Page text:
If you are looking for accommodation in Istanbul, you’ll soon discover that the city's variety is reflected in its range of hotels and rooms. From former palaces to small-scale boutiques, hostels to private apartments or villas, accommodation in Istanbul offers something for everyone. The best area to stay will depend on what you hope to enjoy on your trip. If you are interested in the Old City, history and architecture, opt for the Sultanahmet area, which is in the heart of the oldest part of Istanbul. Taksim is another popular area, known for luxury hotel names such as Hilton and Hyatt. For nightlife and bars, the Golden Horn or Galata areas are best. The lively Beyoğlu district, which is close enough to all of the Istanbul attractions, also has great street food, local shops and good nightlife – opt for an Airbnb in the Cihangir neighbourhood and you’ll find yourself amongst artists, musicians, young Turks and expats.
Attractions
    The Sultanahmet Square is at the heart of the city, the historical hub with remnants of an ancient hippodrome. From there, you can see the famous Hagia Sophia and the Sultanahmet Mosque, known as the Blue Mosque. The breathtaking Hagia Sophia features mosaics made of gold, silver and colourful stones, while the Blue Mosque – which dates back to the early 1600s – is so-named for the handmade ceramic Iznik tiles that decorate the interior. For fewer crowds, head to the Suleymaniye Mosque instead. Also worth a visit are the Topkapi Palace and Dolmabahçe Palace, for which no expense was spared – think gold leaf and marble, a Baccarat crystal staircase, and a ceremonial hall with a 4.5 tonne chandelier. The 60m tall Galata Tower offers great views over the city, as does a trip up to Çamlıca Hill. History buffs will enjoy the Archaeology Museum of Istanbul, which contains artifacts from the earliest civilizations of the Anatolian and Arabian peninsula, Mesopotamia, Egypt and the more than 8,000 years of history of the Istanbul area.
Shopping
    Istanbul offers amazing shopping, from antique shops and designer boutiques to modern malls and ancient markets. Perhaps the most famous place in the city to shop is the Grand Bazar, with 60 streets that contain no less than 5 000 shops, 60 restaurants, 18 fountains, 12 mosques, and even a school. One of the world’s largest covered bazaars, it is 500 years old and known for its carpets, leather, ceramics, souvenirs and jewelry. For the likes of Prada and Louis Vuitton, head to the exclusive Nişantaşı Street and take a wander around the Teşvikiye neighborhood nearby for small restaurants, cafés, boutiques, and bars. Bebek has plenty of clothing boutiques, while the area around the Galata Tower is also worth a visit for cool local designers – on Serdar-ı Ekrem Street with its cobblestone paths and neoclassical facades, you’ll discover design shops and boutiques with clothing and antiques. If you’re looking for a mall, try Kanyon or Zorlu Center, which has the city’s only official Apple Store as well as Crate & Barrel, the Beymen department store, Cos, and Eataly.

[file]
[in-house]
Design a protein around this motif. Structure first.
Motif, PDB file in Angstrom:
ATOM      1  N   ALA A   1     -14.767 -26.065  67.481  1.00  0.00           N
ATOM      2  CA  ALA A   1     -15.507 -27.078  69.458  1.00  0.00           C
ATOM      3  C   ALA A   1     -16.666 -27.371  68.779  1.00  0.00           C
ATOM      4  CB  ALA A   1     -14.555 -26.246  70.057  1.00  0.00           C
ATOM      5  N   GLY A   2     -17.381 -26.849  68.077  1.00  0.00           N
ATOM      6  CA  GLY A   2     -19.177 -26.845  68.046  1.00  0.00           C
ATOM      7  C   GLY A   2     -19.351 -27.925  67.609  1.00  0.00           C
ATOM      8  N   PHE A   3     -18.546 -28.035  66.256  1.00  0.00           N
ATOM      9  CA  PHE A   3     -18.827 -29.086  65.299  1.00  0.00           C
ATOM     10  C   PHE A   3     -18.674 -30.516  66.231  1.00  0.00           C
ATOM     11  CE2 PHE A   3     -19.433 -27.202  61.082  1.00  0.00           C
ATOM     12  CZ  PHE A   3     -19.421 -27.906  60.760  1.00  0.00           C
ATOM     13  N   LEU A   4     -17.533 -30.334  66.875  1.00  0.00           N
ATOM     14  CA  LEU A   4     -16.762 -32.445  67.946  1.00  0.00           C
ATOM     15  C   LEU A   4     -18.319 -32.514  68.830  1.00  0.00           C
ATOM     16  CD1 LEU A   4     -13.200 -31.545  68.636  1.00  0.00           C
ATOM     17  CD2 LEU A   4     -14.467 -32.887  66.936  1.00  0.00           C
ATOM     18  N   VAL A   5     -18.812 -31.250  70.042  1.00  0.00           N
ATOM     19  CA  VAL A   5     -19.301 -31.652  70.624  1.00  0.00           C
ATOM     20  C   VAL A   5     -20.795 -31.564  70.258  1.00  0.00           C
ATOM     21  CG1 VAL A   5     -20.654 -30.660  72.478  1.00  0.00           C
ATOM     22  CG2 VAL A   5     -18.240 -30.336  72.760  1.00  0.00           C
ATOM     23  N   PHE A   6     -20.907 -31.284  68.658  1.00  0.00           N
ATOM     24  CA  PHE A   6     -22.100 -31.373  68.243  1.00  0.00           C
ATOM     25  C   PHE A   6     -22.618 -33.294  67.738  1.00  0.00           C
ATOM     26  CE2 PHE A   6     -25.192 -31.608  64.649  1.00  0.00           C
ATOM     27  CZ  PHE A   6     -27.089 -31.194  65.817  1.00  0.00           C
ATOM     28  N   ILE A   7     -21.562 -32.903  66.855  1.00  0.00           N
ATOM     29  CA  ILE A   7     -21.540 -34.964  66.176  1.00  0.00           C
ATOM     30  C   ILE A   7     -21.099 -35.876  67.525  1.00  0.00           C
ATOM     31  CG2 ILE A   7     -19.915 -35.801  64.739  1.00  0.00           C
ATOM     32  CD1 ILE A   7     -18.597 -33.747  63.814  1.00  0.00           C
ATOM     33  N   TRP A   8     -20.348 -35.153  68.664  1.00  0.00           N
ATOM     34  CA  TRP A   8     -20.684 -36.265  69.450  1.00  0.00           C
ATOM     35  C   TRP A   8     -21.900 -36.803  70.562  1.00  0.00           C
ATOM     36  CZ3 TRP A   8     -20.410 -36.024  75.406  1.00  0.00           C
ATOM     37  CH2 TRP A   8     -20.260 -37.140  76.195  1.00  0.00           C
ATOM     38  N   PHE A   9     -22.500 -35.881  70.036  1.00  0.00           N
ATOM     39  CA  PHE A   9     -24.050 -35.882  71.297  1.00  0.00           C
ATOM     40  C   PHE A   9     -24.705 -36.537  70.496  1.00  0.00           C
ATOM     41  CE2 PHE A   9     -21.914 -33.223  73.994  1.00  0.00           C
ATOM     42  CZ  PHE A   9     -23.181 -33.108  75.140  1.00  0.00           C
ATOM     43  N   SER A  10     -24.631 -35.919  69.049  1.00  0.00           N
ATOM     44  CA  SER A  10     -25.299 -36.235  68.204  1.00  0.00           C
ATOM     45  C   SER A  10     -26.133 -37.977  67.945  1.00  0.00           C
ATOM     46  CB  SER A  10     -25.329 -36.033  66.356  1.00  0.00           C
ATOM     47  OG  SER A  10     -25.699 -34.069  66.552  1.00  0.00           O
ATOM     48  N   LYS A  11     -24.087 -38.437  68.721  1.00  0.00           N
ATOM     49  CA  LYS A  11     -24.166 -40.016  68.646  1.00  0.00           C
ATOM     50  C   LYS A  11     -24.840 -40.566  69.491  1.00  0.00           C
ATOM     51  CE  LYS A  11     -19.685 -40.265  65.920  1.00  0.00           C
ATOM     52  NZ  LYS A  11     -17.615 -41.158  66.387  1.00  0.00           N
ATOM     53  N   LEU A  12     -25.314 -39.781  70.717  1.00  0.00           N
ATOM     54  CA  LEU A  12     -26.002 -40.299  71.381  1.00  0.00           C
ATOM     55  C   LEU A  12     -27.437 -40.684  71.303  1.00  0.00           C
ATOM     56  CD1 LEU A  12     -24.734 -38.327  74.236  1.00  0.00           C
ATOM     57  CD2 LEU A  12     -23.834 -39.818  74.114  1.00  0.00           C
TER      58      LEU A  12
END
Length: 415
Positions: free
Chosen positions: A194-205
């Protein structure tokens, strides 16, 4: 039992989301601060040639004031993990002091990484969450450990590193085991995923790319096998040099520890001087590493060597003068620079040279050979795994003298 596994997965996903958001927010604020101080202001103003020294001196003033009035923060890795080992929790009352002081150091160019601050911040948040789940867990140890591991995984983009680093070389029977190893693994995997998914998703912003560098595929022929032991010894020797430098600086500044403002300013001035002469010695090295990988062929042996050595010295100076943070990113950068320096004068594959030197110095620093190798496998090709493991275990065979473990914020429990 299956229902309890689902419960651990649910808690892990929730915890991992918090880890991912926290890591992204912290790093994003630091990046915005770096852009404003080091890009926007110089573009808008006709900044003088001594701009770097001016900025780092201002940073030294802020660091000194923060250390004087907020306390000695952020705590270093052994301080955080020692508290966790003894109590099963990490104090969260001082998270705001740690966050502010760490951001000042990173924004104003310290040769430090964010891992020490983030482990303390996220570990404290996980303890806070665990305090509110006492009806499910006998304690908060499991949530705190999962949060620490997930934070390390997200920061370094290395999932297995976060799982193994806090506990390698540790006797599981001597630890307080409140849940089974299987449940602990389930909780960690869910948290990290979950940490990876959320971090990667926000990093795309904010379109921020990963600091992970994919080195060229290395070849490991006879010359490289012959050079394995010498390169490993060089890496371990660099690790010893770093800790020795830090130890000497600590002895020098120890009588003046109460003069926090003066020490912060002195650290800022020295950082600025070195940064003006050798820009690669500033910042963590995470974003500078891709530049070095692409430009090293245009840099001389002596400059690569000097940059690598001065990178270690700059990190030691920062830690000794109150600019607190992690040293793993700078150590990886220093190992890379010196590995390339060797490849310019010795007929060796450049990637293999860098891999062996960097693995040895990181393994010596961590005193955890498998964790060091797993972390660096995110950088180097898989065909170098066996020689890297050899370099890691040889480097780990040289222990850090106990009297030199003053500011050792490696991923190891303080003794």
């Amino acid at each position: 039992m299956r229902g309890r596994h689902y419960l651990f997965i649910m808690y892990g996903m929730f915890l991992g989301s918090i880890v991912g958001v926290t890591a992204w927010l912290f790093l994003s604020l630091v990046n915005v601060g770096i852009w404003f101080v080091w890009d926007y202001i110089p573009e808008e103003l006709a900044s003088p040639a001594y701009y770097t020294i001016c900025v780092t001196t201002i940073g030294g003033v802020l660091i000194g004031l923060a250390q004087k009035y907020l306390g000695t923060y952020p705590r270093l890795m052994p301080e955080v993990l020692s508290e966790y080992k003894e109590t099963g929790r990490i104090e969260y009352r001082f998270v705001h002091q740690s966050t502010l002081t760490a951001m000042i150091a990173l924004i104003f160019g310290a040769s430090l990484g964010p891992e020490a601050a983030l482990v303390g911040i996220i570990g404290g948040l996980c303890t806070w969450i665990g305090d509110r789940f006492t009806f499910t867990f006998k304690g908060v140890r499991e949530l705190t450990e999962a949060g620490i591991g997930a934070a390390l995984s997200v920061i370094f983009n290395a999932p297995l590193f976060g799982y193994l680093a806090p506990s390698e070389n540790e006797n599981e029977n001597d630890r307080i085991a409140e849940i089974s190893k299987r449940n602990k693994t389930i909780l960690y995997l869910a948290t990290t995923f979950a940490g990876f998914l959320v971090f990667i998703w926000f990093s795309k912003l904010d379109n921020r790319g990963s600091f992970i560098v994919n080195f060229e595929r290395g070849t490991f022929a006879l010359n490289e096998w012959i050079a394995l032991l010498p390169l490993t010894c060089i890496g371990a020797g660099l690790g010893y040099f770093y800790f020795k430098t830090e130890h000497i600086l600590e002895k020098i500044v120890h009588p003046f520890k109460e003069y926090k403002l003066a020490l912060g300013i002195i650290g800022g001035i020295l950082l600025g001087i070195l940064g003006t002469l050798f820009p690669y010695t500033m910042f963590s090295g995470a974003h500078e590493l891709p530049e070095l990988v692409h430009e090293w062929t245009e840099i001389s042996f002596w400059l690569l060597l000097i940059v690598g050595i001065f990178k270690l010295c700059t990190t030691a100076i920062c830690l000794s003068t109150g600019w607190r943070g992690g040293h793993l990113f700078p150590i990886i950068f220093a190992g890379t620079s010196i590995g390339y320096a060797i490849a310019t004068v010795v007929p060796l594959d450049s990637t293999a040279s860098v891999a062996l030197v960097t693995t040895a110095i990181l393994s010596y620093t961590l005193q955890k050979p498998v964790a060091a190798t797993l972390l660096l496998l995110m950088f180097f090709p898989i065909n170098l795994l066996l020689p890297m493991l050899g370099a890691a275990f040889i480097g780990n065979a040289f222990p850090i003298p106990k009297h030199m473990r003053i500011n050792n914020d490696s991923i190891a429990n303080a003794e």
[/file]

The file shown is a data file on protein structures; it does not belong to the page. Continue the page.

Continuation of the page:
Transportation
    When it comes to transport in Istanbul, there are many options for getting from A to B. You can use the subway and buses, trams, overland trains and even ferries to get to different parts of the city. The public transportation network can be overwhelming at first, but you will get the hang of it. It’s a good idea to buy a refillable Istanbulkart, which covers all of the main public transport options. You can use the same card for different people by tapping it multiple times, which is useful if you are traveling with others. Taxis are not very expensive, but look out for drivers who try to negotiate fixed fares or try to shortchange you.